Sometimes it's very hard to pack many months of conversations and needs analysis into blogs. My current project is just such an issue; I could type paragraphs describing the specifications but will try and be concise. We have tried to close up a number of open requests with one design.
There is a growing demand for mobile solutions that allow users to move around the building and gain access to their files. Our centralized design makes this easier, and many different concepts were discussed. The first inclination is to move in the direction of getting a laptop footprint device. Those of you that have seen my previous posts know that we already have a mobile laptop thin client that is being tested. The laptop footprint is not the best for meetings. Sitting in a room with 10 screens flipped up is not really ideal, and then you have to consider power needs, cords and batteries. They also are not suited for what people want to do most: annotate over the top of previously created documents. It would be wonderful if regular users worked as we do in the computer field with Wikis and sharing information, but that's not how they work at this time. They still want to annotate over the top of document with their own notes. Currently this is being done pen to paper. Technology changes are sometimes done in baby steps.
So if your IT department is like ours, you are not as staffed as you would like and the hours of the day are filled. So how do you add a new type of technology and still maintain a quality design? Replacing the thin clients at the users desktops with something they can pick up doesn't make sense. Our desktop cost is 600 dollars (400 thin client + 200 monitor) with a projected 10 year duty cycle. Annual costs are minimal. Laptop footprint devices (even thin client laptops) would then have lots of docking and undocking, snapping of wires, cords being moved, monitors plugged in, USB devices plugging and unplugging...all very expensive to support and problematic. Why change one of the most stable parts of your network? It was clear that our efficiency and cost savings should then be obtained from our printing infrastructure. We don't have desktop printers which are very expensive to maintain, but instead run departmental laser printers. Our printing costs and printed page counts are still too high in my view. There are people that print pages during document construction and then hand write notes on the pages; and some people print email messages in order to read them. Nearly every meeting involves pages being printed and handed out to employees. There has got to be better ways of working, and this for sure is the area that needs attention.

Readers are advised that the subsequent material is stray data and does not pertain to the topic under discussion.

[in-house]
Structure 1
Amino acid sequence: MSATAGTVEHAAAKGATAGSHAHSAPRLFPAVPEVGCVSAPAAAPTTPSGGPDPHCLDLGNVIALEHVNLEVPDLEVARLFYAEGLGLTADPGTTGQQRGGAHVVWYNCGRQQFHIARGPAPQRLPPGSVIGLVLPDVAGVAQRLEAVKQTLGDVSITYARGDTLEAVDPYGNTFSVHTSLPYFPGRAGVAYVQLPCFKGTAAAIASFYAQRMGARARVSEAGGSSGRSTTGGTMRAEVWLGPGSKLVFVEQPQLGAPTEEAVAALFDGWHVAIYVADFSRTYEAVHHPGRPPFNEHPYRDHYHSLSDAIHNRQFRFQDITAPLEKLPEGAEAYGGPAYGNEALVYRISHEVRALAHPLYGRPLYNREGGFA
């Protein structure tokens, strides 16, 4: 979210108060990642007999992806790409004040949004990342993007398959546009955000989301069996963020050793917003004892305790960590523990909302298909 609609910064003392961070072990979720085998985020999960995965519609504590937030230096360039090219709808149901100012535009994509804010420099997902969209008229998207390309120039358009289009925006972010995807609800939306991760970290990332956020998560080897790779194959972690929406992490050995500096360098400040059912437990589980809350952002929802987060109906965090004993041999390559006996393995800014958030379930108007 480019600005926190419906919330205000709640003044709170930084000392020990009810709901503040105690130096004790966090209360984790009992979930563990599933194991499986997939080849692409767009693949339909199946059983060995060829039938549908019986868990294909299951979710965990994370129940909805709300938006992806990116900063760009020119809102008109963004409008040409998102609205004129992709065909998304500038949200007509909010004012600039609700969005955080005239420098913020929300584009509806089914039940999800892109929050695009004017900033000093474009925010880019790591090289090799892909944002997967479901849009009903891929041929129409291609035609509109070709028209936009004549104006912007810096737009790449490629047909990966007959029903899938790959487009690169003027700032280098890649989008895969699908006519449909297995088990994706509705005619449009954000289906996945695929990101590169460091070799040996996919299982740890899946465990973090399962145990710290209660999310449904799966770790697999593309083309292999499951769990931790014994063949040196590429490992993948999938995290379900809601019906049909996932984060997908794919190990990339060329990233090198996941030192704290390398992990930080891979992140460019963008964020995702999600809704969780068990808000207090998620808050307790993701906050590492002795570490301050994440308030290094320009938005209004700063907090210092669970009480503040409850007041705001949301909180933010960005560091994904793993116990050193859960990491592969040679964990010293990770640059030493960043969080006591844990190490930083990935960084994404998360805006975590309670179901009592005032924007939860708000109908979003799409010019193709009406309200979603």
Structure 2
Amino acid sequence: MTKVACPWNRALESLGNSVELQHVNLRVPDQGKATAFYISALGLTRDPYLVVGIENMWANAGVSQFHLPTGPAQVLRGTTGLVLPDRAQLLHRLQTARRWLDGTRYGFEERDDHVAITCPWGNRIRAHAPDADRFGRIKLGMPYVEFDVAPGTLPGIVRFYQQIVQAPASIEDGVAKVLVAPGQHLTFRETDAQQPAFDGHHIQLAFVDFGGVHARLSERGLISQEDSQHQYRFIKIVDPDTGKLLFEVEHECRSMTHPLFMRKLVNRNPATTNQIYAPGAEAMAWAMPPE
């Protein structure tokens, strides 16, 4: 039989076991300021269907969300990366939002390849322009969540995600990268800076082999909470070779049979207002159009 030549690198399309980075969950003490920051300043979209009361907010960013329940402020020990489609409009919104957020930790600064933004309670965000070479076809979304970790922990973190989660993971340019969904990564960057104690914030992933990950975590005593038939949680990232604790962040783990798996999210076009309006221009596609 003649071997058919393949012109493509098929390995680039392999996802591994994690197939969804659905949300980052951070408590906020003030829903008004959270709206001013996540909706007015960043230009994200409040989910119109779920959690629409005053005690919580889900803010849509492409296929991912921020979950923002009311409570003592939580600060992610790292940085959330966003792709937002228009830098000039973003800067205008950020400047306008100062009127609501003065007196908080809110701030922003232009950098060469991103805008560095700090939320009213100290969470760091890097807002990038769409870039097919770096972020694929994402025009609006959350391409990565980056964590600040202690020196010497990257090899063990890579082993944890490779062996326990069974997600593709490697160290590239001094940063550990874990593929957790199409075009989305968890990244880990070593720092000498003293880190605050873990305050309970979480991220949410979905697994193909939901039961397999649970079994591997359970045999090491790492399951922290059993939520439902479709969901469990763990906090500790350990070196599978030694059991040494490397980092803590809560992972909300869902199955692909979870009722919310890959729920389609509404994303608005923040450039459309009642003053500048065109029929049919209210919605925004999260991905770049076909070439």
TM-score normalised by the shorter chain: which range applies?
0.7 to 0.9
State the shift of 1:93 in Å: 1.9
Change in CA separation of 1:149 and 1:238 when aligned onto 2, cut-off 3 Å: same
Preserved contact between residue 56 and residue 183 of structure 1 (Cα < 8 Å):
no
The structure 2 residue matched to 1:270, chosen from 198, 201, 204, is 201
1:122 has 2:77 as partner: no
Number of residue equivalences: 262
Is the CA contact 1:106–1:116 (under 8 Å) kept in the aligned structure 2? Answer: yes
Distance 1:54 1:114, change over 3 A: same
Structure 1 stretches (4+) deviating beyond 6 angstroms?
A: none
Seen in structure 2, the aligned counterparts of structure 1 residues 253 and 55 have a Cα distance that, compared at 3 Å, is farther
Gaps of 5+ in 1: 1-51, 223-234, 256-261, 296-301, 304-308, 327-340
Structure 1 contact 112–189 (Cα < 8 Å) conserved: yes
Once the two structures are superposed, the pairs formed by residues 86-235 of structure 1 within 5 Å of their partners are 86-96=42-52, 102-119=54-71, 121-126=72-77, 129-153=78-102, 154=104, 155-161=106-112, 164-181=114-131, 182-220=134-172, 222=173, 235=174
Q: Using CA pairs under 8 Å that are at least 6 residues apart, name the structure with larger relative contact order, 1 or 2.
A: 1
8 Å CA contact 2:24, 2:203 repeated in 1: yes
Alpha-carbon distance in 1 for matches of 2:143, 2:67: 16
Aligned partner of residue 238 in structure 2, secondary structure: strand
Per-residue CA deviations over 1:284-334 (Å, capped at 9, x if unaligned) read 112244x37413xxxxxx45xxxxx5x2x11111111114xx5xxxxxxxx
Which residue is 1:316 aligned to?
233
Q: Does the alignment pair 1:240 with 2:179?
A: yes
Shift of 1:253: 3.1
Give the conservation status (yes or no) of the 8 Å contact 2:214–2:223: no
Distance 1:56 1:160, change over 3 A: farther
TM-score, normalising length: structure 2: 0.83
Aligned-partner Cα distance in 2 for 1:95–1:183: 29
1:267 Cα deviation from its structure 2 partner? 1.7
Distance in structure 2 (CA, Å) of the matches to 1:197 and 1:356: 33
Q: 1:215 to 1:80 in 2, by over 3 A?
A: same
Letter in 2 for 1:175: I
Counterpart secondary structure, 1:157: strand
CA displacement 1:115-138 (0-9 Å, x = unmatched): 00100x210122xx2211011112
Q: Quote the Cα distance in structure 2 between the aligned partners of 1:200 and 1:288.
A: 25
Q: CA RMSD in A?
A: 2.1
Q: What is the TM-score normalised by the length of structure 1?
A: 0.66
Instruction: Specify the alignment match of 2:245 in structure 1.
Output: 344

So what I am developing now with the IT Director is a way to integrate an iPad footprint device into our design as a way to reduce printing costs. The goal is to give them the power of the devices, but not allow them to store documents locally.
In prototype form I have accomplished the design below. I'm simulating this work flow on a thin client until NX 4.0 is relased. NX/Nomachine 4 will allow you to log into our servers with Safari directly from an iPad. The server will then detect your Xserver is 768x1024 and know that you are on a tablet and then bypass starting GNOME in favor of a UI designed just for this footprint. This will allow you to be logged into the server with a full GNOME desktop and also a tablet device at the same time. The UI opens in a split second, and will offer much faster response time than waiting for a desktop to start. The image below shows Xsession passing you to the two environments based on Xserver size criteria.
The workflow that we have worked out so far is: When users log into GNOME they always have the following icon on their desktop. This opens a Nautilus folder into which they can drop and drag PDF and OpenDocument files. Anything in this folder is staged then for the iPad devices.
The shot below shows the current UI that is displayed in the 768x1024 footprint, exactly what will be seen on iPads. The panel at the bottom appears and thumbnails are generated of everything in $HOME/MobileDocuments sorted in reverse order newest to oldest. Clicking once on the document will display information about the document on the status line. Pressing Open will open it in either Xournal or OpenOffice. Xournal will allow them to use a stylus pen and mark up the meeting notes in their own handwriting. These documents are always on the server, and when they return to their desks they are available for immediate reference and further editing.
The iPad also has Dragon Naturally Speaking, and I have created a small multi-line text widget that will accept a paste from the local device. Once pasted, the button "Save Dragon Document" will become active. When they click this button, the text will be converted into OpenDocument (with perl modules) and a unique date stamped file name auto generated. The document will then display on the left of the panel as a thumbnail and be available for editing.
To answer the questions that I think will be coming :) -- ** Yes other tablets will be reviewed and the market is always monitored. This design is elegant in that it does not lock you into a certain vendor. ** Yes the UI is very basic and will evolve and probably sux. I'm more focused right now on this work flow. ** Yes iPads are $500 a piece, but even buying 10-20 of these would be but a small dent in our printing budget. A 10-20% reduction in printing might pay for the hardware in the first year.
I'm looking forward to testing this workflow and it's proceeding as a back burner project along with my primary projects.